Some medications are not ototoxic, but they can cause tinnitus by increasing blood pressure. An example of this is taking a nasal decongestant spray such as Sudafed (pseudoephedrine), which is also known to cause tinnitus.
In general, low-dose aspirin (81 mg per day) does not cause tinnitus. A decongestant like Sudafed or a combination of colds can also cause tinnitus.
Caffeine, nicotine, and decongestants can make tinnitus worse. Relaxation techniques can help people cope with or control tinnitus. Use medications. Sedatives or antidepressants can help if the illness disturbs sleep or causes high levels of anxiety or stress.
Drugs known to cause or worsen tinnitus include:
- Antibiotics, including polymyxin B, erythromycin, vancomycin (Vancocin HCL, Firvanq) and neomycin.
- Cancer drugs, including methotrexate (Trexall) and cisplatin.
- Water tablets (diuretics) such as bumetanide (Bumex), ethacrynic acid (Edecrin) or furosemide (Lasix)
Prolonged exposure to loud noises is the number one cause of tinnitus. Up to 90% of people with tinnitus experience some level of noise due to hearing loss. Ear blockages due to earwax, an ear infection or, rarely, a benign tumor of the nerve that allows us to hear (the auditory nerve)
Pseudoephedrine is used to relieve runny nose or sinusitis caused by colds, sinusitis and hay fever, as well as other respiratory allergies. It is also used to soothe ear plugs caused by ear infections or infections.
To relieve your tinnitus
Alternatives to decongestants
Take a calcifying oral decongestant such as pseudoephedrine (Sudafed) or phenylephrine (SudafedPE). If desired, use a calcifying nasal spray such as oxymetazoline (Afrin) or phenylephrine (NeoSynephrine). Do not use these sprays for more than 3 days.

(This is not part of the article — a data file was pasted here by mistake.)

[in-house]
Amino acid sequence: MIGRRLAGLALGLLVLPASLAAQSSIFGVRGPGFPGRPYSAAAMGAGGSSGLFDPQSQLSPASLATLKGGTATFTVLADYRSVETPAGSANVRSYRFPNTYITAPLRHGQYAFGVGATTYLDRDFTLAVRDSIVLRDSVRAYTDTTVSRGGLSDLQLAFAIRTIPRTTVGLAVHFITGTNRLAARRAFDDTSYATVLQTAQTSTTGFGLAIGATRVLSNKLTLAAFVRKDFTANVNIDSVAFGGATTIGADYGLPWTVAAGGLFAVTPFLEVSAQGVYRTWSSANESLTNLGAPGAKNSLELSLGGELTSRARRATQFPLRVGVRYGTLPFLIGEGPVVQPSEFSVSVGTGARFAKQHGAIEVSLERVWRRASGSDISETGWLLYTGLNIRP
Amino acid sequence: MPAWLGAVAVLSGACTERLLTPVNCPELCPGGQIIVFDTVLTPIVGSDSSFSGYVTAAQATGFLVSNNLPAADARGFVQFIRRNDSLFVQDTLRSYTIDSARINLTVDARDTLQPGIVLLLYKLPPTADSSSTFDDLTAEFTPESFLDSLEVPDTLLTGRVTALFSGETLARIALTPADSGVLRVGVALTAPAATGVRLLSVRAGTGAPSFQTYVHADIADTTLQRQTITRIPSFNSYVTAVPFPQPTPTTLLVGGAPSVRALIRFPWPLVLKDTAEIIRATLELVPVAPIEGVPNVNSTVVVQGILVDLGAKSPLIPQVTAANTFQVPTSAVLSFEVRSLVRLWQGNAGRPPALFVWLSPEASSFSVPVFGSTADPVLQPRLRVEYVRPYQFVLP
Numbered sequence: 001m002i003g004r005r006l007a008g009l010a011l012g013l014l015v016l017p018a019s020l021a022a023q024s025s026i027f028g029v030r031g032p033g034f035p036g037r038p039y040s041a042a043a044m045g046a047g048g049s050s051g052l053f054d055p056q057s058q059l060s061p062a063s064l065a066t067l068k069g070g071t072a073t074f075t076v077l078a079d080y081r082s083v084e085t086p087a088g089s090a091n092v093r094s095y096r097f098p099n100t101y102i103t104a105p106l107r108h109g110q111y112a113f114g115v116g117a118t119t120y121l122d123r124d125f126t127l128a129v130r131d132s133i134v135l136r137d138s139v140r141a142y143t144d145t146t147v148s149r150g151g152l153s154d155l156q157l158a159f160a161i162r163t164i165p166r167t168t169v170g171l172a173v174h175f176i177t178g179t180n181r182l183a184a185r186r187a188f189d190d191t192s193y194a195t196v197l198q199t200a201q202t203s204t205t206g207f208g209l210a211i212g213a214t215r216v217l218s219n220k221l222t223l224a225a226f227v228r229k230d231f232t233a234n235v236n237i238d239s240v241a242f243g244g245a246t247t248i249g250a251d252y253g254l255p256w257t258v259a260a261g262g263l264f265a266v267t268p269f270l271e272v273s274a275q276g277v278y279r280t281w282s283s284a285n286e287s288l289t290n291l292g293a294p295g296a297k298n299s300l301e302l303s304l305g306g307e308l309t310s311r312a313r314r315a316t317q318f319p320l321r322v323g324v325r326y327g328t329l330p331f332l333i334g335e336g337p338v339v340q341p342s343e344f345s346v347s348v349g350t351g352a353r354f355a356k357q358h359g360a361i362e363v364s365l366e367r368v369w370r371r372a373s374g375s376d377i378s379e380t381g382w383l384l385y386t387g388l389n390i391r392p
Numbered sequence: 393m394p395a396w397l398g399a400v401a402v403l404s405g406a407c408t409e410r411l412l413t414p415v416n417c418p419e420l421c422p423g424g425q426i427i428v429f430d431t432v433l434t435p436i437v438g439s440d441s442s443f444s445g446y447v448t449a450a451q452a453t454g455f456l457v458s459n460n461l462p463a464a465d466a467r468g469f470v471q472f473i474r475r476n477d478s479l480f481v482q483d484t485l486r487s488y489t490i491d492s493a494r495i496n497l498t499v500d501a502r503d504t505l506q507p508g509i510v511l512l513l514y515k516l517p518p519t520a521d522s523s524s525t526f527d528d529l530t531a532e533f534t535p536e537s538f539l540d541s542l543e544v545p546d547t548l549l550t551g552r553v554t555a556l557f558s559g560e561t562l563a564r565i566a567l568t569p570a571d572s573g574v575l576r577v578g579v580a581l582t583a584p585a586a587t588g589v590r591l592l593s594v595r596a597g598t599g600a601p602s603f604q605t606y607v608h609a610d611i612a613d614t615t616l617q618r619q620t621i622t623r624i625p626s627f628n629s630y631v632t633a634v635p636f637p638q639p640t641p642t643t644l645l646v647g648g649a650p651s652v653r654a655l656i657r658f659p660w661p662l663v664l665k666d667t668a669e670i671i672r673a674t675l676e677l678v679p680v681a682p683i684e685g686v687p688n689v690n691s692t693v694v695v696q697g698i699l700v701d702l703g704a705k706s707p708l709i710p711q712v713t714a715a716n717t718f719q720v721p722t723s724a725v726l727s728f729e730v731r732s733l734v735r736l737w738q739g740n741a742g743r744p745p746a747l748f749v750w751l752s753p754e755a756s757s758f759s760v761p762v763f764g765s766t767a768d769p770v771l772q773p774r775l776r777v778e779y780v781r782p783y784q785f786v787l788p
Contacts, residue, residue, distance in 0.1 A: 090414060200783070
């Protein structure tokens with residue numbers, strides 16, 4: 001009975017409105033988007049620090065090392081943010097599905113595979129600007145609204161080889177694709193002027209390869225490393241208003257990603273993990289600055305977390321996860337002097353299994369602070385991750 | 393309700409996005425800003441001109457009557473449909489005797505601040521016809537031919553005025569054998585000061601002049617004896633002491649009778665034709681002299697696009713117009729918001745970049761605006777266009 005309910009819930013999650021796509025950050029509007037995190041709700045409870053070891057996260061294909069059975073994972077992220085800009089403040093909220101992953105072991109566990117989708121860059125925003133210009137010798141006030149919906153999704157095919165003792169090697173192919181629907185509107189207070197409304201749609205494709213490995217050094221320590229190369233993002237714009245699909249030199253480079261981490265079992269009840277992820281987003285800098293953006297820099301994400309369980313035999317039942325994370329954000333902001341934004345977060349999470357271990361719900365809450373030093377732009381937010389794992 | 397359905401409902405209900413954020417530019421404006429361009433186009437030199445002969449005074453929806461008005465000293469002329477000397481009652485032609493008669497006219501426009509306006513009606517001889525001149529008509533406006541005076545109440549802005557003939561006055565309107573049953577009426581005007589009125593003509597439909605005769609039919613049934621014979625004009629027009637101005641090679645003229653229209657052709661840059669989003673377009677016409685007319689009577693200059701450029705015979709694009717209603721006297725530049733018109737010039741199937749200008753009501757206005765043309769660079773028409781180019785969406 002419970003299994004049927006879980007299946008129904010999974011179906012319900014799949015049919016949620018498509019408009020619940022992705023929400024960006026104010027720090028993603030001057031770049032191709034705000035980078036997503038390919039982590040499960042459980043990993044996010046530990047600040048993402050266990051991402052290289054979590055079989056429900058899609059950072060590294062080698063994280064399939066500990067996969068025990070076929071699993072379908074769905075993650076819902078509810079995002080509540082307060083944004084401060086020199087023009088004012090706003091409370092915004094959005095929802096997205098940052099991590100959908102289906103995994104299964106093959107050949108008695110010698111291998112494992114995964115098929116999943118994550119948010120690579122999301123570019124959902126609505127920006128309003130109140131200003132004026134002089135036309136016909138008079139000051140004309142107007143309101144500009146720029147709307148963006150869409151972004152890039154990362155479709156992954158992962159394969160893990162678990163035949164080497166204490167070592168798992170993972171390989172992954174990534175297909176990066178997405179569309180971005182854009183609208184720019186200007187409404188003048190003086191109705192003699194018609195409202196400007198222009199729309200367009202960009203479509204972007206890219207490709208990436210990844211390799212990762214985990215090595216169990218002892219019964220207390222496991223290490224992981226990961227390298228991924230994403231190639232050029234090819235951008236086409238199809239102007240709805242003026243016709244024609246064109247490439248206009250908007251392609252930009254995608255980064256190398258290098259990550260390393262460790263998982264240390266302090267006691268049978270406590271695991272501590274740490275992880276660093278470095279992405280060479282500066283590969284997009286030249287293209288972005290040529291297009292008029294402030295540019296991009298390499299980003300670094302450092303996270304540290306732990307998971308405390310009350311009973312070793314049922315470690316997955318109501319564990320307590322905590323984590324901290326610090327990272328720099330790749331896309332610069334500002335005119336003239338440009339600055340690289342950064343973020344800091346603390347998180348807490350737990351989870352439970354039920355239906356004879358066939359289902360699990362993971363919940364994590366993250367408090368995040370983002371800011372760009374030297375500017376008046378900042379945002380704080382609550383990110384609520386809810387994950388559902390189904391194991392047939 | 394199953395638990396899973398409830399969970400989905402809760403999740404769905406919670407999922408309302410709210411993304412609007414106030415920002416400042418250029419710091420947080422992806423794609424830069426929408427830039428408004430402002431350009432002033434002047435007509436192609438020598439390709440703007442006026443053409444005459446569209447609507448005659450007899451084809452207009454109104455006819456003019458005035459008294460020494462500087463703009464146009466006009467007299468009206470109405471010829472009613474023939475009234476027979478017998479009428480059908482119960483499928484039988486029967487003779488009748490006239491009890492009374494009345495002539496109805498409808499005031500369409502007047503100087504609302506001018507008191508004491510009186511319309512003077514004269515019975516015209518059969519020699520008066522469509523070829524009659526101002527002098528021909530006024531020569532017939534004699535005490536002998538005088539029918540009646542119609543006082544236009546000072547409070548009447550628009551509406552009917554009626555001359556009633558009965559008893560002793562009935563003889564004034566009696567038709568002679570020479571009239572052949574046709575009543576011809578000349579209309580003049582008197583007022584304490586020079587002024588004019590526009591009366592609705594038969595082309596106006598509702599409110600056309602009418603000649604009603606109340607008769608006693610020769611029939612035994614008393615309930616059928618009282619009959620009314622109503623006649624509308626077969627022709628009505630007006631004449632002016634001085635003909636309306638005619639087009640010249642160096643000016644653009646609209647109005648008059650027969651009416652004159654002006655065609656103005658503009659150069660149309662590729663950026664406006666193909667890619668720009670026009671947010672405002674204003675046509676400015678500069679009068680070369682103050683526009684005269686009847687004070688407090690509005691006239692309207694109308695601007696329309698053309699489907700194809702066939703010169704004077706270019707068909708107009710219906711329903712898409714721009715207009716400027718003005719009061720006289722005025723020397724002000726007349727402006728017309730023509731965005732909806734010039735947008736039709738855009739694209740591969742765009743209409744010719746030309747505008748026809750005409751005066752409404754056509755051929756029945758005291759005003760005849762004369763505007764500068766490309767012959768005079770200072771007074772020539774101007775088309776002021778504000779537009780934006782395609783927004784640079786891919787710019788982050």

Sudafed (pseudoephedrine) can help with big ears and pressure. Nasal spray with steroids. Flonase, Nasacort, Nasonex and others will help you if your symptoms are due to allergies and nasal congestion.
These tips can help:
Yes, neck problems can cause tinnitus! Studies show that a certain amount of tinnitus can have its roots in a clonus (spasm) of two muscles in the inner ear. These two muscles are controlled by the other cervical nerve. Some research suggests that this muscle density may be linked to neck injuries.
Causes. The most common cause of tinnitus is damage and loss of the tiny sensory hair cells in the cochlea of the inner ear. This usually happens as people get older and can also be due to prolonged exposure to excessively loud noises. Hearing loss can be associated with tinnitus.
The good news is that the tinnitus caused by taking these medications is often temporary and goes away within a few days or weeks of stopping treatment. For example, ototoxic anti-inflammatory drugs such as acetylsalicylic acid (aspirin), ibuprofen (Advil®) and naproxen (Aleve®) usually cause temporary tinnitus.
Here is what you can do to relieve sinusitis and related earplugs:
While tinnitus is rarely a sign of a more serious illness, the ghost noises, ringtones, and hums you hear are undeniably annoying. Tinnitus has many causes - frequent exposure to loud noises, earwax buildup, age, medications, etc. - and there are also many things that make tinnitus worse.
Drug. Some medications are not ototoxic, but they can cause tinnitus by increasing blood pressure. An example of this is taking a nasal decongestant spray such as Sudafed (pseudoephedrine), which is also known to cause tinnitus.